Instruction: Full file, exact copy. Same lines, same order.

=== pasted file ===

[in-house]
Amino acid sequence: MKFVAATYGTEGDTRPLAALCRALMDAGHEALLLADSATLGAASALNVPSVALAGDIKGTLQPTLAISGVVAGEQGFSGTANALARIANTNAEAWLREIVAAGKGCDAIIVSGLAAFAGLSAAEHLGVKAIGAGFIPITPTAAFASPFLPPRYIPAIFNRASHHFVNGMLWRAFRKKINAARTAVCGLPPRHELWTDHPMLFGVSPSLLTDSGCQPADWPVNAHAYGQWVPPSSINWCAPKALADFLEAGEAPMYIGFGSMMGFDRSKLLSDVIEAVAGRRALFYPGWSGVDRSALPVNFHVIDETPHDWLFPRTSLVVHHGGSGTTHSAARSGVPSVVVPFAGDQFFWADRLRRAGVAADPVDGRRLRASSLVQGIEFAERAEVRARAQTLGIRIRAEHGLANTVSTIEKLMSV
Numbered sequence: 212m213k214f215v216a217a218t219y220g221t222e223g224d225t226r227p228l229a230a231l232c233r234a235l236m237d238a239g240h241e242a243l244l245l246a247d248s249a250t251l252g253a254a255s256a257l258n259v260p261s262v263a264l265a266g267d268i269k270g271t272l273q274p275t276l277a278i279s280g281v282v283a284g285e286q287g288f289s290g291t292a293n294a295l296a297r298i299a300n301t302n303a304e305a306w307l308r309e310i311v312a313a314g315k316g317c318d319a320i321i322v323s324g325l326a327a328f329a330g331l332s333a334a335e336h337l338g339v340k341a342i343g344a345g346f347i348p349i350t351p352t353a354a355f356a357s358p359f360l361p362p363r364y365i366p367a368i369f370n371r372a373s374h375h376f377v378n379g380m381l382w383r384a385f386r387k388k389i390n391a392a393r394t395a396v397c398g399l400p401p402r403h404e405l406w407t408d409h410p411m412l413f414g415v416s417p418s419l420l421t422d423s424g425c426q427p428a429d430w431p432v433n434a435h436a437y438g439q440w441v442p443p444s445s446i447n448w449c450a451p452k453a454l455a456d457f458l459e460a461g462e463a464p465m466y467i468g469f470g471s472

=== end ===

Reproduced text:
[in-house]
Amino acid sequence: MKFVAATYGTEGDTRPLAALCRALMDAGHEALLLADSATLGAASALNVPSVALAGDIKGTLQPTLAISGVVAGEQGFSGTANALARIANTNAEAWLREIVAAGKGCDAIIVSGLAAFAGLSAAEHLGVKAIGAGFIPITPTAAFASPFLPPRYIPAIFNRASHHFVNGMLWRAFRKKINAARTAVCGLPPRHELWTDHPMLFGVSPSLLTDSGCQPADWPVNAHAYGQWVPPSSINWCAPKALADFLEAGEAPMYIGFGSMMGFDRSKLLSDVIEAVAGRRALFYPGWSGVDRSALPVNFHVIDETPHDWLFPRTSLVVHHGGSGTTHSAARSGVPSVVVPFAGDQFFWADRLRRAGVAADPVDGRRLRASSLVQGIEFAERAEVRARAQTLGIRIRAEHGLANTVSTIEKLMSV
Numbered sequence: 212m213k214f215v216a217a218t219y220g221t222e223g224d225t226r227p228l229a230a231l232c233r234a235l236m237d238a239g240h241e242a243l244l245l246a247d248s249a250t251l252g253a254a255s256a257l258n259v260p261s262v263a264l265a266g267d268i269k270g271t272l273q274p275t276l277a278i279s280g281v282v283a284g285e286q287g288f289s290g291t292a293n294a295l296a297r298i299a300n301t302n303a304e305a306w307l308r309e310i311v312a313a314g315k316g317c318d319a320i321i322v323s324g325l326a327a328f329a330g331l332s333a334a335e336h337l338g339v340k341a342i343g344a345g346f347i348p349i350t351p352t353a354a355f356a357s358p359f360l361p362p363r364y365i366p367a368i369f370n371r372a373s374h375h376f377v378n379g380m381l382w383r384a385f386r387k388k389i390n391a392a393r394t395a396v397c398g399l400p401p402r403h404e405l406w407t408d409h410p411m412l413f414g415v416s417p418s419l420l421t422d423s424g425c426q427p428a429d430w431p432v433n434a435h436a437y438g439q440w441v442p443p444s445s446i447n448w449c450a451p452k453a454l455a456d457f458l459e460a461g462e463a464p465m466y467i468g469f470g471s472